OK, first of all I’m not saying that you can’t be visionary unless you are young. But I sure think it helps.
Innovation needs a goal, a purpose, a vision for how to make the world a better place. Otherwise it can revert to just being fun creativity. But when someone is truly visionary and creates something new that will make a positive difference in their community THAT is something special.
Innovation is about more than making money
We sometimes applaud the entrepreneurs who are super financially successful. But true visionaries tend to focus first on making their communities or the world a better place. I tend to notice it a lot among young people around high school age - partly because I promote it through the nonprofit I work with, Believe In a Dream Inc. And partly because I see it in classrooms that I visit, especially at New Tech Academy here in Fort Wayne.
I won’t try to explain why young people tend to be visionary. One stereotype would say that they are more idealistic. Another would say that the older we get, the more set in our ways we become (see my earlier post about escaping the status quo). Let’s just agree that young people can be very innovative.
Here are two stories.
Lana and Lucy
Earlier this week I was at New Tech Academy, a project based learning high school here in my city. I was listening to student business pitches in Bob Haddad’s class. The students had just developed their ideas, and this was their initial pitch. Two young ladies, Lana and Lucy, had noticed the myriad of problems that keep young women from entering careers in trades (welding, electrical, construction, etc.). The statistics about not just bottlenecks and inequality, but also about many forms of tangible abuse, are overwhelming. Lana and Lucy pitched an organization that would directly address those problems and work at the grass roots level to prepare young women for equality in trades careers.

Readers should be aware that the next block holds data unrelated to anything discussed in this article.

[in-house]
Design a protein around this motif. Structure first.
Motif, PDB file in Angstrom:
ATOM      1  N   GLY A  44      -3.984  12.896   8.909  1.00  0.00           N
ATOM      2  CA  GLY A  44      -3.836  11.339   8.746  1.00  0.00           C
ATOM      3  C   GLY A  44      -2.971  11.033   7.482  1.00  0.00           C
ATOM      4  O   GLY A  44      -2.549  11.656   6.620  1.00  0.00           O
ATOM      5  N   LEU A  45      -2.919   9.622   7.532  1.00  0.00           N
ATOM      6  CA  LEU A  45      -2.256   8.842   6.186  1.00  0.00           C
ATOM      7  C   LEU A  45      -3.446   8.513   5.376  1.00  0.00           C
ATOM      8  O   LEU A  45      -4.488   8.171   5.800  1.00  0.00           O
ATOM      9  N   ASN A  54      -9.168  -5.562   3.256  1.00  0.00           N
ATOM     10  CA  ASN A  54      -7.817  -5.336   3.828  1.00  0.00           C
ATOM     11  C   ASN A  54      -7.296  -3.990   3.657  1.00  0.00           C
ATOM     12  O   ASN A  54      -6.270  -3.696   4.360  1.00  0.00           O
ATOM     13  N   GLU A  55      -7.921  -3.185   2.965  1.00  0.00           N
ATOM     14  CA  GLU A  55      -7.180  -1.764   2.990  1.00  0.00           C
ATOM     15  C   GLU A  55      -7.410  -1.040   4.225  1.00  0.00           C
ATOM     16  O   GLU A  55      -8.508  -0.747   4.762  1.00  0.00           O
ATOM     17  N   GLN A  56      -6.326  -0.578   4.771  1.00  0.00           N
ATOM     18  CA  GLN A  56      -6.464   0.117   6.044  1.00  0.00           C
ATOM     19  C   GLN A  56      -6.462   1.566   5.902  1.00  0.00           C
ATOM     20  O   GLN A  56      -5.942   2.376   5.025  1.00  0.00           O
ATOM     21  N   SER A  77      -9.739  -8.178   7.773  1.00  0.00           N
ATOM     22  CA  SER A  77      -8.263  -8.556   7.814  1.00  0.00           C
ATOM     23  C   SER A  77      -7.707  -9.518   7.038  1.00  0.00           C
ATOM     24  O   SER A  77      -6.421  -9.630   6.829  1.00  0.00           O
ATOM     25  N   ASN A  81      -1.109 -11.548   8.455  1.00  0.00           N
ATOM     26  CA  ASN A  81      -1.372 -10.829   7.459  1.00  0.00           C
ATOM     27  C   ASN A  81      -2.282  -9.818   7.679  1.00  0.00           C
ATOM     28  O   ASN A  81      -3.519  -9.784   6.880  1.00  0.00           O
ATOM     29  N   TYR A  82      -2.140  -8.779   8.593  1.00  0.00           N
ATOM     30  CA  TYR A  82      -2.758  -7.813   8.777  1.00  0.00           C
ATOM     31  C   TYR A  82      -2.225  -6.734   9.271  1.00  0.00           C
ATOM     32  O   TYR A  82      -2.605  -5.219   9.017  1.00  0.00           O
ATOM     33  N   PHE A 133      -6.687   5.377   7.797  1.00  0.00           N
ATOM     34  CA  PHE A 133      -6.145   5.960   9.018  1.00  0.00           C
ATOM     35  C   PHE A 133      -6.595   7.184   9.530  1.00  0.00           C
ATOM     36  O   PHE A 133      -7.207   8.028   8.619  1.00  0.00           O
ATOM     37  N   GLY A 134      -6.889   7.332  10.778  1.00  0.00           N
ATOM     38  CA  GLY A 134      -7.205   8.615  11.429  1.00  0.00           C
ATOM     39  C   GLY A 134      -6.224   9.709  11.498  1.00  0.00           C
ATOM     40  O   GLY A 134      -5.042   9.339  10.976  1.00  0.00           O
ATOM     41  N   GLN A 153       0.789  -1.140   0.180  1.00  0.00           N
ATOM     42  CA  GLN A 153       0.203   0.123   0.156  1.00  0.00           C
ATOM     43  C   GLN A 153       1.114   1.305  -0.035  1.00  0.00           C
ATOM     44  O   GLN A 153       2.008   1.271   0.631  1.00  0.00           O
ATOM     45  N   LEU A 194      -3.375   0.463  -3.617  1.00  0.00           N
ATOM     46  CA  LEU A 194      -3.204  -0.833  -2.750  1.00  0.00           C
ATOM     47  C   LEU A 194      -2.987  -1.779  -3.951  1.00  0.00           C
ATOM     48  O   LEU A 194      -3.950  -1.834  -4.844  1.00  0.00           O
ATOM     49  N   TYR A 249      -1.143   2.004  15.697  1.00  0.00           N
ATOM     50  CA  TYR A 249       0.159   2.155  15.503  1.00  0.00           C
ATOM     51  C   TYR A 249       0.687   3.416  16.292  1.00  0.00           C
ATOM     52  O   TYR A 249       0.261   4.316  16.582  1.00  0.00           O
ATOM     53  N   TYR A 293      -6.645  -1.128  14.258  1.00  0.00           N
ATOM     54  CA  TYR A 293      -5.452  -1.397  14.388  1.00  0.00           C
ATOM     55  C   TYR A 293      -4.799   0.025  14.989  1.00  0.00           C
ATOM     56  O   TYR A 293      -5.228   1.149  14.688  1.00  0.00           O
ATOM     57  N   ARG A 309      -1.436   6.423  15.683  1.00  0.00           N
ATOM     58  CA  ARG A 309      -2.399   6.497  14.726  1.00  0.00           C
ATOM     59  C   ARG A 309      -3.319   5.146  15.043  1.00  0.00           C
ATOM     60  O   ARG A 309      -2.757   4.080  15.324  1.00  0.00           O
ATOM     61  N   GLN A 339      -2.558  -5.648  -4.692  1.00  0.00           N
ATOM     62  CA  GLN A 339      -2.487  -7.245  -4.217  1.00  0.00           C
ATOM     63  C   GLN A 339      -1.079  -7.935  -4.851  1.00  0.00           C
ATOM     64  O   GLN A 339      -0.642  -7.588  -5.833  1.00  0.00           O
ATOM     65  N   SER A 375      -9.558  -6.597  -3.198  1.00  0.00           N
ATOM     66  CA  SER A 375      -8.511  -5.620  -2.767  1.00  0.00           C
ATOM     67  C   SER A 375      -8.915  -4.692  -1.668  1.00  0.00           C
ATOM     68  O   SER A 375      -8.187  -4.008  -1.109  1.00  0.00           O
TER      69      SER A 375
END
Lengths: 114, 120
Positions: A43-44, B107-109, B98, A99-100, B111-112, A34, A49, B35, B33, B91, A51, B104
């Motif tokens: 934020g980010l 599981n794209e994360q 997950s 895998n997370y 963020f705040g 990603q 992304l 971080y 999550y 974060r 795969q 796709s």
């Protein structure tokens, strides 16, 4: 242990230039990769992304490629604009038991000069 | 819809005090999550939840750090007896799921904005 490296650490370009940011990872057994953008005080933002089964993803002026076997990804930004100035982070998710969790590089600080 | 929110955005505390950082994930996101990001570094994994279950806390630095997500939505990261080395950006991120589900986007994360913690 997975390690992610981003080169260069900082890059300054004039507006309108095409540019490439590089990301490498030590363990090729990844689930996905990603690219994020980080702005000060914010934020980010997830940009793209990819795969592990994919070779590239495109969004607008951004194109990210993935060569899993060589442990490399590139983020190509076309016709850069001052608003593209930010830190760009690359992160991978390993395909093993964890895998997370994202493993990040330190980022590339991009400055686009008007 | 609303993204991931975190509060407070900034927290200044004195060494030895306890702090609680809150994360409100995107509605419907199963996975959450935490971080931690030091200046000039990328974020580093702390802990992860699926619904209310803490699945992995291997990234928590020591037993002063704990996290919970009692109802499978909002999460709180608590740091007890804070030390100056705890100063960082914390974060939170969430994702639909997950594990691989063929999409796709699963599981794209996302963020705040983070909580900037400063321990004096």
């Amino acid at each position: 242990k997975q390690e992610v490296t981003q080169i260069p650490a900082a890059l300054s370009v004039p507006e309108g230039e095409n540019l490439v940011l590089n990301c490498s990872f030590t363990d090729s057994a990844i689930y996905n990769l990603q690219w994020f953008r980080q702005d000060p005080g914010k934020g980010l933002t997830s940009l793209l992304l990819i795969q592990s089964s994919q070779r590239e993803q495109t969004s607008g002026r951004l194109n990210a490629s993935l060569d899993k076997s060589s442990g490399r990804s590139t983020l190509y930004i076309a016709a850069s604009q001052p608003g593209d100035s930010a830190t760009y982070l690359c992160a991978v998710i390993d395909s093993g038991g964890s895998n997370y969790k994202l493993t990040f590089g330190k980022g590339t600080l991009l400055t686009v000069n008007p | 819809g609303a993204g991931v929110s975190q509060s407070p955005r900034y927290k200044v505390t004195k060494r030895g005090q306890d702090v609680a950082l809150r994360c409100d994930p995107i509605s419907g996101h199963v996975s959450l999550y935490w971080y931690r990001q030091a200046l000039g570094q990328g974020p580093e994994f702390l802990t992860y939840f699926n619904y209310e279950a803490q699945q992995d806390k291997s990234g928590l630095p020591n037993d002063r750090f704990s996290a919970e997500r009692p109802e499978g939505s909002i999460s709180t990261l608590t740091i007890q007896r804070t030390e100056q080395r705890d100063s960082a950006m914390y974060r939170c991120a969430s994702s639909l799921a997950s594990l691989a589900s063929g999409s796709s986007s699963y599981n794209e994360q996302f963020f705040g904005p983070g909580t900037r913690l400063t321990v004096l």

Where other students in the class were envisioning small businesses or side gigs that would be cool and make some money, Lana and Lucy were keying on making our community better, to vastly grow the numbers of young ladies working in the trades - and making their lives better. They already had buy-in from 40 young ladies who wanted to pursue trades careers. Sure, they will need to make money for sustainability, but the focus of their pitch was not money or having a fun business - it was their vision of a better world.
When Madeline Phuong’s family adopted a rescue poodle, Madeline used that as inspiration for a new venture to support animal nonprofits. It just so happens that Madeline is one of Fort Wayne’s most talented visual artists. Four years ago she started selling prints of her original work, giving the proceeds to worthy animal nonprofits. Since then she has expanded into other art-related ways to raise funds. Today she is a high school Junior and her company, A Second Chance Fort Wayne, has donated over $13,000 to multiple local animal nonprofits.
When you visit her website and her Etsy shop, you will be as amazed as I was at her artwork. She could have sold her art and kept all of the proceeds for herself. She didn’t. She saw a different vision. It took one inspiration for her to see a vision of a city where animal nonprofits flourished, bringing thousands of pets home to new loving families, just like hers. Just one inspiration for Madeline to have that Aha moment of innovation that said, “Hey, this is a great idea, and I can do this - I can make a difference!”
Very cool, Madeline!
That’s what it’s like to have a purpose, a goal, a vision for how to make the world better. That’s what it’s like to be young and visionary.